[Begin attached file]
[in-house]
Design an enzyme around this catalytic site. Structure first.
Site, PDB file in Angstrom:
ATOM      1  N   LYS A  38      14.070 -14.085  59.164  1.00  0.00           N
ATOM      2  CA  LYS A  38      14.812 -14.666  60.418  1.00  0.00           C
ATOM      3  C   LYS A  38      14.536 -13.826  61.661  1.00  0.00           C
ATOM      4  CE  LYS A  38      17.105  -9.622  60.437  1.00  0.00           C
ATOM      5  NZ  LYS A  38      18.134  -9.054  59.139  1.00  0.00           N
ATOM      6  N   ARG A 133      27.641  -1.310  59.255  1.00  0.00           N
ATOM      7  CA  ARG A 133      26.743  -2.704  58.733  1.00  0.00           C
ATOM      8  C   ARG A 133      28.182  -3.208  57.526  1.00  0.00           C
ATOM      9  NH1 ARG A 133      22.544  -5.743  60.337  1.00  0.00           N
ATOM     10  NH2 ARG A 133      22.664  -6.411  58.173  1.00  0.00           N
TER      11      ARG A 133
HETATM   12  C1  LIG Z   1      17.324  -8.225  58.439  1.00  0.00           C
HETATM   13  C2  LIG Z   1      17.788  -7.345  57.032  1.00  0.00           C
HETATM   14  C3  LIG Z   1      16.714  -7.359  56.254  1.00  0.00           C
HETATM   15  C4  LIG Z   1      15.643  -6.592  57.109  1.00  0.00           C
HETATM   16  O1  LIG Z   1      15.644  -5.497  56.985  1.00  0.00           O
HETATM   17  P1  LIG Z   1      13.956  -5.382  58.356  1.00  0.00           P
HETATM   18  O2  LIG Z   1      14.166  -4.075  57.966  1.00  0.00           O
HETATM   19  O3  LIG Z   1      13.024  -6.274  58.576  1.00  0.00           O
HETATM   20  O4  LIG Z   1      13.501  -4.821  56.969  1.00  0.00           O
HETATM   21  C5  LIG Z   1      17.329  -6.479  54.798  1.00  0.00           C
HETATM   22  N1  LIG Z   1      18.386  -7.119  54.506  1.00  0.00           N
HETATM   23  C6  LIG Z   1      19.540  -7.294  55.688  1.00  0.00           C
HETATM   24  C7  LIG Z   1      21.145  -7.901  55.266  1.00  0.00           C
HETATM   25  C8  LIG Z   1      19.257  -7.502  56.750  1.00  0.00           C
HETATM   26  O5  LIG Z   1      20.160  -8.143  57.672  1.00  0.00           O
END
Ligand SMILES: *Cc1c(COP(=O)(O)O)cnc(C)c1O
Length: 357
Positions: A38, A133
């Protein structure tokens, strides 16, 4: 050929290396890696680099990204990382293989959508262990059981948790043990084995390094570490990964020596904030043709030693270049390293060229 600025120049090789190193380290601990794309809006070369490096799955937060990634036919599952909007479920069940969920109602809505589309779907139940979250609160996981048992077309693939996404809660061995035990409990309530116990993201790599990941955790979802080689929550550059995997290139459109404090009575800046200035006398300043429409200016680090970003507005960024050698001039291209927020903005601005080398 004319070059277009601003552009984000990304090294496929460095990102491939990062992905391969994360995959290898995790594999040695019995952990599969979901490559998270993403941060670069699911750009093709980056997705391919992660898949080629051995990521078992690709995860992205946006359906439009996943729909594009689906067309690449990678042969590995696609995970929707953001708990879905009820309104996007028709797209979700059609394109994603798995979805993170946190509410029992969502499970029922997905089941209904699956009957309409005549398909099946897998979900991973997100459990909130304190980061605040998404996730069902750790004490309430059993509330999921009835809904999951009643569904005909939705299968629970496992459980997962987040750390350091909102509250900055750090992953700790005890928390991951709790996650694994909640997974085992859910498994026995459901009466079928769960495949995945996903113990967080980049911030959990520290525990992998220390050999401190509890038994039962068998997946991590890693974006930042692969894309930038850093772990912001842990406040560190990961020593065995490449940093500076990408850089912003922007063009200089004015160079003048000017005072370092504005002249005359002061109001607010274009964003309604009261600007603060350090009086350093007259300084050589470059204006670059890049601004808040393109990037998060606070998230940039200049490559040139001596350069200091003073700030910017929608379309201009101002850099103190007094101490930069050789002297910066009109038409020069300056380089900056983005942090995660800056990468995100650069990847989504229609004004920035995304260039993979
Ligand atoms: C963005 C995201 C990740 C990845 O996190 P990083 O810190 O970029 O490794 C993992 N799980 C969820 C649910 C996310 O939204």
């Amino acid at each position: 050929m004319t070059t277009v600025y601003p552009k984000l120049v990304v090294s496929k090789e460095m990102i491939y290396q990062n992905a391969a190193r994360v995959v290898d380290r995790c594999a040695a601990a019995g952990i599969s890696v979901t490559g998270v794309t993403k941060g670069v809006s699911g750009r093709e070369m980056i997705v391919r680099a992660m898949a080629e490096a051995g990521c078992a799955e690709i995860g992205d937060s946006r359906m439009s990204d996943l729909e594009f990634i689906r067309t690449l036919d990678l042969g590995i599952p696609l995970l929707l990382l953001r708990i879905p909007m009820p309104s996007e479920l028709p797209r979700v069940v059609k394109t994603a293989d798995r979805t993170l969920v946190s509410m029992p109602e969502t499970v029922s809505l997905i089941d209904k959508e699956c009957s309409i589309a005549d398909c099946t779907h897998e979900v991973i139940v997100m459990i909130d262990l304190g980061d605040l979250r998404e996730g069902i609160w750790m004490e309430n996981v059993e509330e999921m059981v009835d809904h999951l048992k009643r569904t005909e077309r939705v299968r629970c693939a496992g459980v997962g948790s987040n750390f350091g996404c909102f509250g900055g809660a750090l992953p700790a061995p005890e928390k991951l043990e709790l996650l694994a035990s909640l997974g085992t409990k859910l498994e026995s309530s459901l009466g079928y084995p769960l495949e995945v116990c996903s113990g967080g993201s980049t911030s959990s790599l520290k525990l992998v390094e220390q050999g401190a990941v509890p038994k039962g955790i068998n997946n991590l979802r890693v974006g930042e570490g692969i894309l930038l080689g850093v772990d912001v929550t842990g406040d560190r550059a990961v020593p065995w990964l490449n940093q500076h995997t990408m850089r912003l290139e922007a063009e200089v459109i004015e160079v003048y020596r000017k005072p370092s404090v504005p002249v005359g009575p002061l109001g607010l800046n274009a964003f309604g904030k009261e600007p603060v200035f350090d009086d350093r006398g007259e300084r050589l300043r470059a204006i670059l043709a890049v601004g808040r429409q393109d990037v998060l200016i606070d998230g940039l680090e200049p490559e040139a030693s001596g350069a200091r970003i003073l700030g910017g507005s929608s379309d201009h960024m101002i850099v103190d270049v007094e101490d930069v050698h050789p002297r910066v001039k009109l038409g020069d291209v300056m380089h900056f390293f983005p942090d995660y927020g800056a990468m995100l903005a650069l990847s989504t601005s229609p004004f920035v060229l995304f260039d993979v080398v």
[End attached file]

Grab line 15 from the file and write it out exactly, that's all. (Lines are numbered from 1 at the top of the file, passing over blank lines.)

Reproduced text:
HETATM   12  C1  LIG Z   1      17.324  -8.225  58.439  1.00  0.00           C